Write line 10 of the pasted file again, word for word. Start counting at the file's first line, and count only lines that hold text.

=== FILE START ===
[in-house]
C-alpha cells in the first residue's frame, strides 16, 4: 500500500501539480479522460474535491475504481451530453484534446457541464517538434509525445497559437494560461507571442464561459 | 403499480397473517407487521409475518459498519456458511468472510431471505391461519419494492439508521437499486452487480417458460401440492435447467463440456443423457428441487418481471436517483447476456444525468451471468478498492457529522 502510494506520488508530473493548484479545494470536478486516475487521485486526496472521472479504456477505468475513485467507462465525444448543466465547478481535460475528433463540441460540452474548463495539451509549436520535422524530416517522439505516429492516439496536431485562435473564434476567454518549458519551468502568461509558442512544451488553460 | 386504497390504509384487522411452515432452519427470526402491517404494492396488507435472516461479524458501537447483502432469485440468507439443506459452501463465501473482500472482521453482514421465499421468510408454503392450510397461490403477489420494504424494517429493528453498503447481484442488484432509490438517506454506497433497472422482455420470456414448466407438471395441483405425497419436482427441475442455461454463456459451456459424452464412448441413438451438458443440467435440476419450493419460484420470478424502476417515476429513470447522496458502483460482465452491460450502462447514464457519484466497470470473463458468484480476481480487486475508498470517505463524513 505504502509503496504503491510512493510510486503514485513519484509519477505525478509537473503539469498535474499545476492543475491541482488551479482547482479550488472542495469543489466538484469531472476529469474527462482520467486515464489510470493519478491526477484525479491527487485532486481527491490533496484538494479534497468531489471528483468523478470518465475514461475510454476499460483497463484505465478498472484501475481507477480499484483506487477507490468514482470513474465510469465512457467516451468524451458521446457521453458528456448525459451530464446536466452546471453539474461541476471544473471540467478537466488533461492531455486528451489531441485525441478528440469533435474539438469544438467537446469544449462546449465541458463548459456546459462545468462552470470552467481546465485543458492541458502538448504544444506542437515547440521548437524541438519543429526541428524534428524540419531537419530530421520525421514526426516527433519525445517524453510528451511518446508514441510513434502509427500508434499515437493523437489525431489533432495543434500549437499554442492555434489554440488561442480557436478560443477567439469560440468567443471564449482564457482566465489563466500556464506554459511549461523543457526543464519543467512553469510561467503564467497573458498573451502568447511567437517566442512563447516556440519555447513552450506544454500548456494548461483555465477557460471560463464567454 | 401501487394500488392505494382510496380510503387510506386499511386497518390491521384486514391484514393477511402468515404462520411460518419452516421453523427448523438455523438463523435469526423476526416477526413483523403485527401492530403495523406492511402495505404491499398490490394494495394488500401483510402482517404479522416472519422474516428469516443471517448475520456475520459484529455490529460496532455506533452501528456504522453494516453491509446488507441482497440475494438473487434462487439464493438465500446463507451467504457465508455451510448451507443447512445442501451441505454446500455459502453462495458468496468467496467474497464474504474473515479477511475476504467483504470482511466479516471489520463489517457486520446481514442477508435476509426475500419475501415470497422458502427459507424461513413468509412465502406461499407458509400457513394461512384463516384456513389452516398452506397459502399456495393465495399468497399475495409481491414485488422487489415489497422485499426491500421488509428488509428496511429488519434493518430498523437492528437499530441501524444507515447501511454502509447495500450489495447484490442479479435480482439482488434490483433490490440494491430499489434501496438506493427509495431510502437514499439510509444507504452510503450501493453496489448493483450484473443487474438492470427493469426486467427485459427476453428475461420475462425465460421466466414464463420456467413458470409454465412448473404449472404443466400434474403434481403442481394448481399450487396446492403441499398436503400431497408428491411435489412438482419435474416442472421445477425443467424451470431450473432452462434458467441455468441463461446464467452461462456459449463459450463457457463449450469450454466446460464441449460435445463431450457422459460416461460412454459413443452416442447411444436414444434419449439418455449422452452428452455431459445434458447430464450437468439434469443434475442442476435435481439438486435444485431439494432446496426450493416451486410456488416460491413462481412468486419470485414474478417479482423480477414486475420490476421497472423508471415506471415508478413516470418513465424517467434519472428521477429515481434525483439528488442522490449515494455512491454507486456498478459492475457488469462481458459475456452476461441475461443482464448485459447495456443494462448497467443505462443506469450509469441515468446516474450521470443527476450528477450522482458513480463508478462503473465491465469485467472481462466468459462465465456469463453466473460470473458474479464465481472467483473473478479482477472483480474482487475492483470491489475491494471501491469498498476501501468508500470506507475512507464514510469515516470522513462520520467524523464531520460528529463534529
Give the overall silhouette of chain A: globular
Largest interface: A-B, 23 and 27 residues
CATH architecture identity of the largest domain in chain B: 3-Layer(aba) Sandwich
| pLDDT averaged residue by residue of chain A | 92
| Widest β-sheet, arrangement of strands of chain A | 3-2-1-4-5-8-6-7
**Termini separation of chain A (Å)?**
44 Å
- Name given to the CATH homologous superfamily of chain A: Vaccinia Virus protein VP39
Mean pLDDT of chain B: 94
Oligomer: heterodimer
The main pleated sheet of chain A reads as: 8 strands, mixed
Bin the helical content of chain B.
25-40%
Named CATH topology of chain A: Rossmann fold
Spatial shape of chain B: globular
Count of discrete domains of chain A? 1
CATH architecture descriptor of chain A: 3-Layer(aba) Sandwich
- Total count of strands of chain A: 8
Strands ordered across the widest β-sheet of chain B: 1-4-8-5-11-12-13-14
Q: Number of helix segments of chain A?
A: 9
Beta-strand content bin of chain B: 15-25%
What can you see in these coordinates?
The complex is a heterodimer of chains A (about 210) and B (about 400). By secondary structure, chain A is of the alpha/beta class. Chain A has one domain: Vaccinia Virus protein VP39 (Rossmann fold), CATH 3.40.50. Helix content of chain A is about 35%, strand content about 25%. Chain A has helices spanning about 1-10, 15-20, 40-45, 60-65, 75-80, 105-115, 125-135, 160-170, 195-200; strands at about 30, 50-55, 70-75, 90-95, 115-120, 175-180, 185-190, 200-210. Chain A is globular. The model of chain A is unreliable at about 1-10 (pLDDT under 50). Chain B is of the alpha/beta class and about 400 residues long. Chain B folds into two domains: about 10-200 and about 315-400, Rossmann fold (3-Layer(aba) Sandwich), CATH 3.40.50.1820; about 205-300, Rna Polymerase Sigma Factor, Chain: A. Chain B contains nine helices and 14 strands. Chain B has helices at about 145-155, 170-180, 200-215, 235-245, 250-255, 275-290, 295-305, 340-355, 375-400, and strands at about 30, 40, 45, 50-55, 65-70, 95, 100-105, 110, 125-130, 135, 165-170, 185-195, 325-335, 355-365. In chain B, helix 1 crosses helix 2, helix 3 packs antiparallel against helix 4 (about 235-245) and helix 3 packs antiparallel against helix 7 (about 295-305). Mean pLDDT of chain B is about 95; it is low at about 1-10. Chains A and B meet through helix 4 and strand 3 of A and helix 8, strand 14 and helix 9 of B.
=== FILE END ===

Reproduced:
- Name given to the CATH homologous superfamily of chain A: Vaccinia Virus protein VP39